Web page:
Currently, New Zealand designations of international registrations are subject to partial refusals. This means that where objections are only raised to certain goods and services, and the applicant does not respond by the examination deadline, the problematic goods or services will be removed from the specification and the trade mark will proceed to acceptance for the remaining goods and services.
However, national applications are not subject to partial refusals. If an objection is only raised to some of the goods or services in a national application, and the applicant does not respond by the examination deadline, the entire application will be abandoned.
To ensure consistency between national applications and New Zealand designations, the Government recommends the TMA be amended to allow for the partial refusal of national trade mark applications.
Designs Act 1953
Design application procedures
The Government proposal identifies that most design applications filed under the DA on behalf of applicants were prepared by patent attorneys who also file patent applications under the PA. The Government also identified several procedural inconsistencies between practice under the DA compared to the PA and TMA.
Under the DA, an applicant may only record an assignment of a design application to another party after the design has progressed to registration, adding cost and complexity to the parties, including IPONZ.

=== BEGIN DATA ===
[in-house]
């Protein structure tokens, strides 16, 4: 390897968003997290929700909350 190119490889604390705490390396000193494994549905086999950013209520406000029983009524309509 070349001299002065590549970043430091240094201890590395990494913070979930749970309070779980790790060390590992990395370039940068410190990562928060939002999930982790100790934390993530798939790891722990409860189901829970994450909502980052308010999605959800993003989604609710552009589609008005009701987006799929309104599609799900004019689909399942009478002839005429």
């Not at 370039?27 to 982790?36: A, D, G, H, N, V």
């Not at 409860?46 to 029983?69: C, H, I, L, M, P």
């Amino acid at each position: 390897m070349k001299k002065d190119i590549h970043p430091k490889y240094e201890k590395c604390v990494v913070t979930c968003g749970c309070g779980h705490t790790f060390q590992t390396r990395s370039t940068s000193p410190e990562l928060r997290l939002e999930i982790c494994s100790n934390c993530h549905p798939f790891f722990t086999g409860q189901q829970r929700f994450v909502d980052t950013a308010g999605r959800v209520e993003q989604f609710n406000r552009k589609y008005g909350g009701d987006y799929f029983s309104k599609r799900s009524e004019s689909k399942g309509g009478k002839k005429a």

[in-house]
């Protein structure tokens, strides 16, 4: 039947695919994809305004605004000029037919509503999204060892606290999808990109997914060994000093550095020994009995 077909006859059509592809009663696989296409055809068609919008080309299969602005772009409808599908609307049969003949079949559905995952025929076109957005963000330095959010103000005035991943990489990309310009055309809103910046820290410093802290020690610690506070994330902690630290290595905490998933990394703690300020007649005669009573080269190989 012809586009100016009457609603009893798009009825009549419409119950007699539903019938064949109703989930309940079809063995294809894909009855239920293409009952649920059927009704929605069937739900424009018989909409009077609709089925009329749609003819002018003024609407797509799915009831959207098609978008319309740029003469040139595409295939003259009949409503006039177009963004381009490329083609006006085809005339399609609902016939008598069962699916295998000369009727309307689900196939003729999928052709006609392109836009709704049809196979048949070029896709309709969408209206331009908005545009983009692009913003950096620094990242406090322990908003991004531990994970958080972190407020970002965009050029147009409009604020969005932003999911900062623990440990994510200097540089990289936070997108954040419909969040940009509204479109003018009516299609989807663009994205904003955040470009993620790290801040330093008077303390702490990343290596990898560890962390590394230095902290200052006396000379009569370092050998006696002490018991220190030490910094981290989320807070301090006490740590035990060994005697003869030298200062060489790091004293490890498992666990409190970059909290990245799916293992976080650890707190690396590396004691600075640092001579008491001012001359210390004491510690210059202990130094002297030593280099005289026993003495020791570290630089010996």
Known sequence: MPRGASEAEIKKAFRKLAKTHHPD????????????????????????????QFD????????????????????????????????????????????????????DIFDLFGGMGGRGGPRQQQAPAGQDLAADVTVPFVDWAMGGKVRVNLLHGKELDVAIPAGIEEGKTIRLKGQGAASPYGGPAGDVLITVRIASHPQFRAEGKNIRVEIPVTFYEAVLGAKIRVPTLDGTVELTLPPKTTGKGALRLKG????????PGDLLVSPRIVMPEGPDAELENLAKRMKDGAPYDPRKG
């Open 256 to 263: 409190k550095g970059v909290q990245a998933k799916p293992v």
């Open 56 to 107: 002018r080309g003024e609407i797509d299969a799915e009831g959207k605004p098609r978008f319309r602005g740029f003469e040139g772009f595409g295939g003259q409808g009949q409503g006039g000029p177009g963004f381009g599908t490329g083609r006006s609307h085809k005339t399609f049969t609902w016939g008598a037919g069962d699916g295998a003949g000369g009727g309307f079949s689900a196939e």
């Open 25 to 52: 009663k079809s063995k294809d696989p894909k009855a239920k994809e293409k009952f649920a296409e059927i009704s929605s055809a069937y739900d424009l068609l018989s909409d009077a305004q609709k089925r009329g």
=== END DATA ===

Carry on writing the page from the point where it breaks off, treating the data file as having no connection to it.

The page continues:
As such, the Government proposes amending the DA so that a pending design application can be assigned to another, in a similar manner to patent application assignments under the PA. The Government also proposes that design applications and other documents must be filed through the IPONZ Case Management facility, and proposes to remove the current requirement for filing an authorisation of agent for design applications, for consistency with patent applications filed under the PA.
Proceedings under the Commissioner of Designs
The DA provides that the Commissioner of Designs can only require security for costs for proceedings relating to cancellation of a design. This is inconsistent with both the PA and the TMA, which allow security for costs during all proceedings before the Commissioner of Patents (or Trade Marks).
Therefore, the proposals include allowing the Commissioner of Designs to provide information related to costs and security for costs in all proceedings before the Commissioner of Designs, in a manner consistent with the PA and the TMA.
The DA also currently only allows an applicant for a design application to be heard before a decision relating to that application is made by the Commissioner of Designs. This leaves third parties unable to be heard in relation to those decisions, which is also inconsistent with practice under the PA and the TMA.
As such, the proposal includes also allowing third parties to request a hearing relating to any decision made by the Commissioner of Designs, prior to that decision being made.
An exposure draft of the updated legislation is expected to issue by April 2021. We will continue to monitor this.